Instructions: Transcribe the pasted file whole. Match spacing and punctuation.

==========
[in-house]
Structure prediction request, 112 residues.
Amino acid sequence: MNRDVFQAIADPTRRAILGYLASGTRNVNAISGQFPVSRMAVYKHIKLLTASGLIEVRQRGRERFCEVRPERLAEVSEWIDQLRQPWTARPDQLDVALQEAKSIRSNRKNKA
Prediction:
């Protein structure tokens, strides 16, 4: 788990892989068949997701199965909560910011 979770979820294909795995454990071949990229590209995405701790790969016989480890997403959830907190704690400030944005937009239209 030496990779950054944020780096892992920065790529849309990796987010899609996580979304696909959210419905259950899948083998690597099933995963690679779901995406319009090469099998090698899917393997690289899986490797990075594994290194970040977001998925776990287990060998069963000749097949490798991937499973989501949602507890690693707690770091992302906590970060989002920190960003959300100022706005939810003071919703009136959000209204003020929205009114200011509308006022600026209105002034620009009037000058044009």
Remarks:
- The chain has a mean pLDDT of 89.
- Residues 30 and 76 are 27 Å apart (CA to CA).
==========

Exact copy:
[in-house]
Structure prediction request, 112 residues.
Amino acid sequence: MNRDVFQAIADPTRRAILGYLASGTRNVNAISGQFPVSRMAVYKHIKLLTASGLIEVRQRGRERFCEVRPERLAEVSEWIDQLRQPWTARPDQLDVALQEAKSIRSNRKNKA
Prediction:
């Protein structure tokens, strides 16, 4: 788990892989068949997701199965909560910011 979770979820294909795995454990071949990229590209995405701790790969016989480890997403959830907190704690400030944005937009239209 030496990779950054944020780096892992920065790529849309990796987010899609996580979304696909959210419905259950899948083998690597099933995963690679779901995406319009090469099998090698899917393997690289899986490797990075594994290194970040977001998925776990287990060998069963000749097949490798991937499973989501949602507890690693707690770091992302906590970060989002920190960003959300100022706005939810003071919703009136959000209204003020929205009114200011509308006022600026209105002034620009009037000058044009």
Remarks:
- The chain has a mean pLDDT of 89.
- Residues 30 and 76 are 27 Å apart (CA to CA).